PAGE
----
• Adapting flexible working policies to increase opportunities to change or reduce hours.

The role of managers

Managers play an essential role in executing your COVID-19 mental health and wellbeing measures. Where employees are experiencing poor mental health, managers can take specific action by:

  • Referring them to an occupational health professional;
  • Keeping in regular contact with the affected employee and updating them on key business changes – ideally via a ‘face to face’ virtual meeting;
  • Making it clear that they should not rush back to work until ready to do so;
  • Discussing the support needed to help them make a successful return to work;
  • Making sure there is ongoing dialogue and regular contact following their return; and
  • Reviewing performance objectives and workload and making adjustments where necessary.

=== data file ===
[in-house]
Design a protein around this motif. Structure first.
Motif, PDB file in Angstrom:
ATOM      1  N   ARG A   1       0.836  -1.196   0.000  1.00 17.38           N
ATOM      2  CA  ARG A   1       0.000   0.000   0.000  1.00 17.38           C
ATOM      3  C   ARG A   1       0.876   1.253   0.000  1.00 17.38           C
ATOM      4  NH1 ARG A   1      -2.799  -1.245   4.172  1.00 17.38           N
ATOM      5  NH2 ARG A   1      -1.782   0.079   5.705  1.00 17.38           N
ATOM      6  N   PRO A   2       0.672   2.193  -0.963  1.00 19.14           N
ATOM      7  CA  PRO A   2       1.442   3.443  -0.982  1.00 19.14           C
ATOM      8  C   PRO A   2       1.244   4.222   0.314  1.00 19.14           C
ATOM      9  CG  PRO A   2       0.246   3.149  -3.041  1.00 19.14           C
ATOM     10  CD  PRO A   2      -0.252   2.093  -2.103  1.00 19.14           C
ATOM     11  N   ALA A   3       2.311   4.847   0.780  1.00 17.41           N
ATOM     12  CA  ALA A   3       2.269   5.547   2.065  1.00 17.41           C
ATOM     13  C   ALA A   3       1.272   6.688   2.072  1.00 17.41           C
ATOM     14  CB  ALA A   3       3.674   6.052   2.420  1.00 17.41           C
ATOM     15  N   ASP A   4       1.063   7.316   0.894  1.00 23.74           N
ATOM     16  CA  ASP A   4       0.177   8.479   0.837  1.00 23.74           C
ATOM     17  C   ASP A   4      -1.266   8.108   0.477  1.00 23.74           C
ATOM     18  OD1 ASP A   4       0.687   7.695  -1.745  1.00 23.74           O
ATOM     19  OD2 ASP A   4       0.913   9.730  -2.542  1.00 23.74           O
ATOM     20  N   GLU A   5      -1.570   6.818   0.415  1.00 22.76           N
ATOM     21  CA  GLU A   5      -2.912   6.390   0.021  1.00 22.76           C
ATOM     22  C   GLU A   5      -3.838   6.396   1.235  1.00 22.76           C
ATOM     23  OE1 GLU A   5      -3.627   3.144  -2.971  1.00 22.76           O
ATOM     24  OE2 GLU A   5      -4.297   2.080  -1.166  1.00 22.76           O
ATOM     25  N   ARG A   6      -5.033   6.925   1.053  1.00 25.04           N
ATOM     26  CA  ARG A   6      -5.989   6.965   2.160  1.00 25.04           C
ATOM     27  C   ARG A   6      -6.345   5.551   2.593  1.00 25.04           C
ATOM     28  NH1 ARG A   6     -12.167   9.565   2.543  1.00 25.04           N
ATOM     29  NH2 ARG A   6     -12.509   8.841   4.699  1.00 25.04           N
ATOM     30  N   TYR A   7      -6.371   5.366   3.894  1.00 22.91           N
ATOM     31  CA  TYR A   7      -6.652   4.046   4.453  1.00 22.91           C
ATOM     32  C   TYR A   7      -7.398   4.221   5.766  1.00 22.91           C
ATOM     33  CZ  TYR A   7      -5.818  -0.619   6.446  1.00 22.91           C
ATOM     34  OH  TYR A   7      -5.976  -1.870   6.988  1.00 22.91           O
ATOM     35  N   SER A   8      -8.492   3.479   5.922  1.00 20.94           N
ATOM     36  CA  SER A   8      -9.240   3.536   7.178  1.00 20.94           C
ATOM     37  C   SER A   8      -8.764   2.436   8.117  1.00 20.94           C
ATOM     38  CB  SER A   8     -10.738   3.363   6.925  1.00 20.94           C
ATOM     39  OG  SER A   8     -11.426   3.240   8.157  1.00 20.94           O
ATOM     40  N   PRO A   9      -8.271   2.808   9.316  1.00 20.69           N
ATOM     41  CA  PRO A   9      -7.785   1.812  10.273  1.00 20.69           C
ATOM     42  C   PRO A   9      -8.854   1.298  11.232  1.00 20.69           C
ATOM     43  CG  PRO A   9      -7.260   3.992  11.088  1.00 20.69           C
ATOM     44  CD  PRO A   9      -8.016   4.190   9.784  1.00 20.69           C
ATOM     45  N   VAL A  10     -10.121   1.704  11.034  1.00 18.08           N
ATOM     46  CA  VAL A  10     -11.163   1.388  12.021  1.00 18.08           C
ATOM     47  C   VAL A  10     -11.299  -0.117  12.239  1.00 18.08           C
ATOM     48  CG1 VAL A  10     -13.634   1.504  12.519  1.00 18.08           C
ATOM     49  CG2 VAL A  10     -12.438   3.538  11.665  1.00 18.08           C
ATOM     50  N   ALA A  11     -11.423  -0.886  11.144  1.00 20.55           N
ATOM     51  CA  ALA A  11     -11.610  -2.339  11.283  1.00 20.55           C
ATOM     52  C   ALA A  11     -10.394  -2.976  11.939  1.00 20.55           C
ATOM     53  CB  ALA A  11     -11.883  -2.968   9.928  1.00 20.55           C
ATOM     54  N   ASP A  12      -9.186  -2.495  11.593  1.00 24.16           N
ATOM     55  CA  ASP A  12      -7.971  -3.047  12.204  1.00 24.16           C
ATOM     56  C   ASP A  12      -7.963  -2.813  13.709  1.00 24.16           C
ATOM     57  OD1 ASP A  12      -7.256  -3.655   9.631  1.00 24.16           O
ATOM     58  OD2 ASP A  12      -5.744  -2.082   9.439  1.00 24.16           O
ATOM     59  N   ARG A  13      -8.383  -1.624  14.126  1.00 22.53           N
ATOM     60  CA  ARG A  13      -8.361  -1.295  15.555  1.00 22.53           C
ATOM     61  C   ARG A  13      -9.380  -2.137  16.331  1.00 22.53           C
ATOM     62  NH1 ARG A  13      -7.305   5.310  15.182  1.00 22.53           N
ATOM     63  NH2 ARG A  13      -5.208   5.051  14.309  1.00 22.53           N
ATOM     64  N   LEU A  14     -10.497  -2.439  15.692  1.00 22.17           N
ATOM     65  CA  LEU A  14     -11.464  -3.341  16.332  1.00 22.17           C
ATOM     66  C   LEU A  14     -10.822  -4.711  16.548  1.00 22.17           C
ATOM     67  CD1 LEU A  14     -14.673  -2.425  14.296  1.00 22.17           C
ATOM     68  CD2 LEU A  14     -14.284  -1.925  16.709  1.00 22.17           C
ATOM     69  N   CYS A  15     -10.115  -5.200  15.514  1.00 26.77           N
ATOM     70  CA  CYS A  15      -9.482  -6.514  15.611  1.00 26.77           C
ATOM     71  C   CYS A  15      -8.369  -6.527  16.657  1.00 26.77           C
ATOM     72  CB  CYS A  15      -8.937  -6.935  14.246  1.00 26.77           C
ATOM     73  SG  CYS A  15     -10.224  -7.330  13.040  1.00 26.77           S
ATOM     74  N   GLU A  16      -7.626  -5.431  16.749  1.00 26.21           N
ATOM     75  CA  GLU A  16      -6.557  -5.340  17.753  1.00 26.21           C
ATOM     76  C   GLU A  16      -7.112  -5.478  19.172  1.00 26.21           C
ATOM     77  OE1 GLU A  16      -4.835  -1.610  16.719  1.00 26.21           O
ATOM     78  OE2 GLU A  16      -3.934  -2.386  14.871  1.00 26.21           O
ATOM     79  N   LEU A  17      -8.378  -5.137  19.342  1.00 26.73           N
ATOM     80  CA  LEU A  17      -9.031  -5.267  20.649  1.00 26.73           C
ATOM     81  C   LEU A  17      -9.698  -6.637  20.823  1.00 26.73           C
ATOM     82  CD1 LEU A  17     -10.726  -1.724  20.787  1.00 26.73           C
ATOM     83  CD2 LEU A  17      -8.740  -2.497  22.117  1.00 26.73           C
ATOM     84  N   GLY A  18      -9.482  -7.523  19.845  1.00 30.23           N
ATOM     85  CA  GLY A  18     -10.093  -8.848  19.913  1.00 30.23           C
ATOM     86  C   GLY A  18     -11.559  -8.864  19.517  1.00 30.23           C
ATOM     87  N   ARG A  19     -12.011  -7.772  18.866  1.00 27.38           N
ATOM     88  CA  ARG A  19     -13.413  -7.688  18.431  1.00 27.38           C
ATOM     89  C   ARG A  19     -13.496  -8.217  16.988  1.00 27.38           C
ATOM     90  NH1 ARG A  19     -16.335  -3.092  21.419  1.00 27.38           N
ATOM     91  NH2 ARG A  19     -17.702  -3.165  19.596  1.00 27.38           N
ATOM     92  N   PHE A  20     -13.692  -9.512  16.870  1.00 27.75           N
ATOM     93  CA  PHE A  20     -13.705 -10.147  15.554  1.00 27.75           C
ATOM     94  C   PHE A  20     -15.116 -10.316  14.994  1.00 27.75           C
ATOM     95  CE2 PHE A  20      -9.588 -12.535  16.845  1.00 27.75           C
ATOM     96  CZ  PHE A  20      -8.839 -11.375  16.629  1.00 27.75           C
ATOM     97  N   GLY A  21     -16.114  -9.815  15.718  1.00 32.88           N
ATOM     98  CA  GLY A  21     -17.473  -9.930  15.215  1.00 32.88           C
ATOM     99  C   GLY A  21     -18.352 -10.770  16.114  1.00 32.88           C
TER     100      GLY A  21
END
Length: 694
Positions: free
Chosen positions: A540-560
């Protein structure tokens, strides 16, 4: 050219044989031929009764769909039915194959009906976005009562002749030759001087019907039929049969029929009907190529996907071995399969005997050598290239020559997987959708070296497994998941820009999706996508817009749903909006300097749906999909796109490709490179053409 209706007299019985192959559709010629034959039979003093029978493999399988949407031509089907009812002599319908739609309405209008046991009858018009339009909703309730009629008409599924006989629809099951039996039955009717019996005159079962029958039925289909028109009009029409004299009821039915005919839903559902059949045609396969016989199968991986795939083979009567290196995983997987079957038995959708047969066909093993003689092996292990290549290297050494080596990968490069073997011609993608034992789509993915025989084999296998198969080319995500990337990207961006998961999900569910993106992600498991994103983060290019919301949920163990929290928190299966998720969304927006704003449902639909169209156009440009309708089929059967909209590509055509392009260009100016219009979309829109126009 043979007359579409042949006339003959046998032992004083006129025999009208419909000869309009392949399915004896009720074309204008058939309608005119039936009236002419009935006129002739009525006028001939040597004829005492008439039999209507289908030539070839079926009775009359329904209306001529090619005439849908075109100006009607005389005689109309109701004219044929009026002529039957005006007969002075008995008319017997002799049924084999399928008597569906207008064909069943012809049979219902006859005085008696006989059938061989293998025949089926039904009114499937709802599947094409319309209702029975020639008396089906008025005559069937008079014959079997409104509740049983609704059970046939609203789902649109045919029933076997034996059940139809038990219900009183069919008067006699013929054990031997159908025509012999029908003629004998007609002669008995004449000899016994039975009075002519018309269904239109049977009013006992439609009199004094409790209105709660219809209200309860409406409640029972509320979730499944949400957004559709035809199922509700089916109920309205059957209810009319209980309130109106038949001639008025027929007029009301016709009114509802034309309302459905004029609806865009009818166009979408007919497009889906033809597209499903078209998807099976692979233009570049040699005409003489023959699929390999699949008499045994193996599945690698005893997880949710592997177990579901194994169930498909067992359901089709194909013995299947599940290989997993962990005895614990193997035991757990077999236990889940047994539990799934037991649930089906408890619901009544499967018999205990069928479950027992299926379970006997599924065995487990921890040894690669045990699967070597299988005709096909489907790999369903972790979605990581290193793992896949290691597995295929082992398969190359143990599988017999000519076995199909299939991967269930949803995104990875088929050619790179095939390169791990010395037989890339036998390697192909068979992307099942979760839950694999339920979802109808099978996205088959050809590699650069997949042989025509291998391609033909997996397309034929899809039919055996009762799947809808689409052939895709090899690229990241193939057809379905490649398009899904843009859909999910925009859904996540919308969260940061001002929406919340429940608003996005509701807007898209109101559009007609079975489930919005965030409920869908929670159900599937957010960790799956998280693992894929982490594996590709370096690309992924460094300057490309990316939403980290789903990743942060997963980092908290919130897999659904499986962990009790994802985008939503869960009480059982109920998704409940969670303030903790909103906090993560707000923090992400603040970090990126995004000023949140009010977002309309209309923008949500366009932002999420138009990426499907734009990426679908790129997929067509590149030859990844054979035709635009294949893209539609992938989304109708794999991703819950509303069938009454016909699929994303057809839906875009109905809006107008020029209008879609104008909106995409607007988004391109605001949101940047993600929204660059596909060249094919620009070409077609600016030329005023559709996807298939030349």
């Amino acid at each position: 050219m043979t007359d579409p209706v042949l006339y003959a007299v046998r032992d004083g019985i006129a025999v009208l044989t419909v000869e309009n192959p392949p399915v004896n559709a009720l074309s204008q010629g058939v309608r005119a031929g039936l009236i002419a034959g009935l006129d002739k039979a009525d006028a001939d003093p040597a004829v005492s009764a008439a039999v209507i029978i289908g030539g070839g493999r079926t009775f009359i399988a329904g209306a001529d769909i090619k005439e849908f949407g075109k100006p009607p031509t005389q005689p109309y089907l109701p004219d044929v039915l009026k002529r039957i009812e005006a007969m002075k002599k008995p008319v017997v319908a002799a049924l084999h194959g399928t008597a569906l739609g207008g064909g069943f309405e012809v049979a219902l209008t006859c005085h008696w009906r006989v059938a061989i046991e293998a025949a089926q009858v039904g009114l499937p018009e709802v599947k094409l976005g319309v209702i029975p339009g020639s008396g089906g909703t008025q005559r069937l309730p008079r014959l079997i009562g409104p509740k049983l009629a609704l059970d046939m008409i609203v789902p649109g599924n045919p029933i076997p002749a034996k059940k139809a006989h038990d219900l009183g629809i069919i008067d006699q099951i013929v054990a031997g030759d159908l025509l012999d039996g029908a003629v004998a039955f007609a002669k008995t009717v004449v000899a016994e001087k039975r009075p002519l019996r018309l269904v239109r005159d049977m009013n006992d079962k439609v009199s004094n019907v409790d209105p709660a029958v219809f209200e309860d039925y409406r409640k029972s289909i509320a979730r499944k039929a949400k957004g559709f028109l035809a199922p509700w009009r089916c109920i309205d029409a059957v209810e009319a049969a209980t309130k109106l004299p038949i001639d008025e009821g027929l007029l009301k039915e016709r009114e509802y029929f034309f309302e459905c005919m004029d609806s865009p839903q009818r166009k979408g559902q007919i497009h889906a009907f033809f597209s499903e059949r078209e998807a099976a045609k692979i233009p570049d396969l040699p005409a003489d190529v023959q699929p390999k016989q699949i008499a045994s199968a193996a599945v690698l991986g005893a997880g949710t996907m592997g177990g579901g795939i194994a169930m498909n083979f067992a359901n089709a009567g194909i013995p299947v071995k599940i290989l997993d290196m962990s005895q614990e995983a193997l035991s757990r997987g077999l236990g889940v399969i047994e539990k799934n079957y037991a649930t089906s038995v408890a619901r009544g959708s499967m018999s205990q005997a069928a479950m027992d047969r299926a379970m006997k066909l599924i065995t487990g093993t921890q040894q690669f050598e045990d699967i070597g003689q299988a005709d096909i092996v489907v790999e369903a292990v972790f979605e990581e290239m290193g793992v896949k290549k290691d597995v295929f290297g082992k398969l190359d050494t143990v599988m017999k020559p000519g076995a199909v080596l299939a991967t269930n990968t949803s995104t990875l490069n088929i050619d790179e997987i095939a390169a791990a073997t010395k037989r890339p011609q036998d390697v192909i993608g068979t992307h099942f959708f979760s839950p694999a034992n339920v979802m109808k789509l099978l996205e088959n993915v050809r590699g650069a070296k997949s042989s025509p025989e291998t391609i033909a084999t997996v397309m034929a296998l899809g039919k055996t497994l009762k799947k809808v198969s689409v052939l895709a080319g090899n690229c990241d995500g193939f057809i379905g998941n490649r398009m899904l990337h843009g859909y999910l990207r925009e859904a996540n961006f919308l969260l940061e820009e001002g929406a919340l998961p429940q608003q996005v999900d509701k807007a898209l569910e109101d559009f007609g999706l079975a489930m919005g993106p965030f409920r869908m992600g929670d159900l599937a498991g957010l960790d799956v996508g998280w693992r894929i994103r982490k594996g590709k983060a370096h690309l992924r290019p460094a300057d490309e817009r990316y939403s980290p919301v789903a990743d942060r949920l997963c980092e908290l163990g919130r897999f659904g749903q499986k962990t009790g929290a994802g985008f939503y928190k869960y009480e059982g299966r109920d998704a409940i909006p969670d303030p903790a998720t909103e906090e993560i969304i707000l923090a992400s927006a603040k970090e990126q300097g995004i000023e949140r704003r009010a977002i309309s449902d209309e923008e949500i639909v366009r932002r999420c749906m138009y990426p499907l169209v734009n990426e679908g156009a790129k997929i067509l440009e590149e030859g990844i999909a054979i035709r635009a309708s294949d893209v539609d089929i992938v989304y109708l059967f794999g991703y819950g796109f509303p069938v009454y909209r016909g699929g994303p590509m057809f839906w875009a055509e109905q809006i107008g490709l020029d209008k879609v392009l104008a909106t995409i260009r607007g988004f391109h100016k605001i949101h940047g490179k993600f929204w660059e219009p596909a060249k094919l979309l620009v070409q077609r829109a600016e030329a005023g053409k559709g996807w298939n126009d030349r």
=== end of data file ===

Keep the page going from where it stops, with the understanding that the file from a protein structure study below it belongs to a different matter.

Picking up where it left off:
Remember, work-related stress, depression or anxiety accounts for 44% of all work-related ill health and 54% of working days lost. While these are pre-COVID statistics, the mental health implications of the pandemic are clear, with some employees reporting a negative impact on overall wellbeing from as early as week two of lockdown. As such, a proactive response is essential to prevent short-term stress from having long-lasting effects, and can reduce the risk of high staff turnover, elevated sickness absence and presenteeism at a time when the stability of your team is vital to your post-lockdown success.

Need help with your post-lockdown people and safety challenges?

To access our full range of return-to-work resources, including template letters and forms, guidance on managing absences and refusals to work, and a variety of risk assessments, policies and checklists, visit our free Coronavirus Advice Hub or call 0345 226 8393 for specialist support.